May 3, 2013
Let me start by saying I am a networking professional, so I know how to set up port forwarding, NATting, etc., and have done it many times....
That said, I am having a problem trying to access my DVR from outside my network. It works fine from inside my network. I have the port forwarding set up correctly (and have verified it by configuring another device with the same IP and port, and I can access it just fine from outside).
Is there something in the DVR that would cause it to only respond to internal IP addresses?
March 9, 2013
Thanks for your post. There are actually 3 ports that need to be pointed to the DVR. You need to open the HTTP, TCP and UDP ports. By default they are 88, 37777 and 37778 unless you changed those ports you will need to point them to the internal IP address of your DVR.
When connecting to the DVR webserver (usually with Internet Explorer) you will use the HTTP port. When connecting with a smart device like phone or tablet, or when connecting with the video management software (TechproSS-PC or TechproSS-MAC) you will use port 37777 (by default unless you changed it). Otherwise, there is nothing special about setting up a DVR vs any other network device. If all of this has been done and you attempting to connect to the correct port and you are still unable to reach the DVR then double check the internal IP address of your DVR and make sure that you have pointed to the corrected address. Also, turn off DHCP in the DVR so that your network will not change that address without your permission.
Lastly, this is basic, but often missed. Make sure you are using your WAN IP address when outside your network and not the LAN address and follow the address with the port number in this format - XX.XXX.XXX.XX:YYYYYY (where Y is the port number)
If you still need help, our tech support team is available and can remote in to your network to give assistance M-F 9am - 6pm EST.
May 3, 2013
Unfortunately, I've done all that you suggested. I've ensured that all 4 ports are open and forwarded (8080 TCP, 554 TCP, 37777 TCP, and 38888 UDP). I changed the DVR to use port 8080 (although I've tested it wilth the default of 80, too). I have double-checked the IP address, and turned off DHCP.
This DVR is actually replacing an old one that has been giving me problems. It, too, had a web interface, and I had holes punched in my firewall for it as well. I've reused the same IP address, and the same HTTP ports (8080) to keep things consistent. Plus, I know that my ISP isn't blocking 8080, since it's worked fine for my old DVR.
I'll triple-check everything again just to be sure I haven't missed something obvious. If not, I'll try to see if someone can remote in on Monday.
March 27, 2013
Let me jump in this conversation. Can you please tell us your network setup? Is the layout like ISP Modem/Router connected to a switch or ISP Modem/Router connected to a Wireless Router? Whats the Private IP address of the tour Router? Where is the DVR connected to? Is your setup Dual Nat? where the main internet Router is DHCP enable and another router is attached to it also with DHCP enable? Is your Gateway configure correctly in the DVR? Can you please provide a detailed layout of how the network is configured to help us understand and troubleshoot these issues.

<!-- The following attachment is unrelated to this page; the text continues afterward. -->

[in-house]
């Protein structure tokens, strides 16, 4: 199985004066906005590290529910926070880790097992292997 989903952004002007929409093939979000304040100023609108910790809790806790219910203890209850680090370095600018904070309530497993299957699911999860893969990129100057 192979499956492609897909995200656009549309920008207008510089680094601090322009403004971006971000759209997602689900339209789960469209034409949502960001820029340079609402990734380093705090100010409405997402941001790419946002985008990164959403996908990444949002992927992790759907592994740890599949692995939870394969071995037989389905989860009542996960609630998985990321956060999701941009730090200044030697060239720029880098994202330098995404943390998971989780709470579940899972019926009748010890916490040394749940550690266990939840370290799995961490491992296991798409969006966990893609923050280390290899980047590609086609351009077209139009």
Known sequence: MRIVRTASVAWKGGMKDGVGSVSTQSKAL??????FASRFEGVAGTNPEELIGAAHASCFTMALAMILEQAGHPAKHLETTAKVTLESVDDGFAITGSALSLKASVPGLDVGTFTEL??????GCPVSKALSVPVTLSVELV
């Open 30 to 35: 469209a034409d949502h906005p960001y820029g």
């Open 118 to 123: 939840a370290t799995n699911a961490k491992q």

Please private mail this information directly to Jesus. DO NOT post your private IP addresses on the forum. Thanks!
NOTE: Please send me any info in a Private Message (PM)
March 9, 2013
Since you are able to reach the DVR from inside the network using the LAN address, the issue has to be something other than an issue with the DVR. The DVR does not know the difference between WAN and LAN traffic because to the DVR all traffic is coming from inside the network. It is the job of your ISP, the ISP modem (if you have one) and the DHCP router to allow traffic through and to direct traffic correctly from the outside (WAN) into your network (LAN). Since you have no problem reaching your DVR inside the network the issue is not a DVR issue.
Either way, we will be happy to assist you with this on Monday. You can PM me your phone number and best time to reach you and I can have someone call you, or you can email firstname.lastname@example.org with the information so that a technician can call you, or call us at our toll free number 866-573-8878 and select option 3 for tech support. Any of those methods will get you the help you need.
May 3, 2013
Jesus and bbesner,
Thanks for your very quick replies!
I was able to fix the problem, although I can't quite explain why...
It appears that the ISP's gateway was somehow holding on to the IP-to-MAC binding. So, when requests were coming through the firewall for port 8080 (for example), it was trying to forward it to the OLD DVR's MAC address that HAD BEEN associated to the internal IP address. It wasn't forwarding the packets to the NEW DVR's MAC address, which was now using the same IP address.
What solved it was to set up the new DVR on a different IP that had never been used, then set up the port forwarding to that IP address. Voila! Success!
Again, I'm not sure why the gateway wasn't updating it's internal tables, but bottom line is it now works. (And, as bbesner correctly asserted, the problem was with the ISP and port-forwarding, NOT the DVR - yeah!)
Thanks to everyone for double-checking my logic!
March 27, 2013
I'm Glad that everything works now. I quick way to fix this issue without changing the IP address of the DVR is to simply reboot your network devices. This will allow the Router/switches to refresh the arp tables and start mapping the correct MAC addresses to the devices attached to the network.
Cheers to you and Brad!
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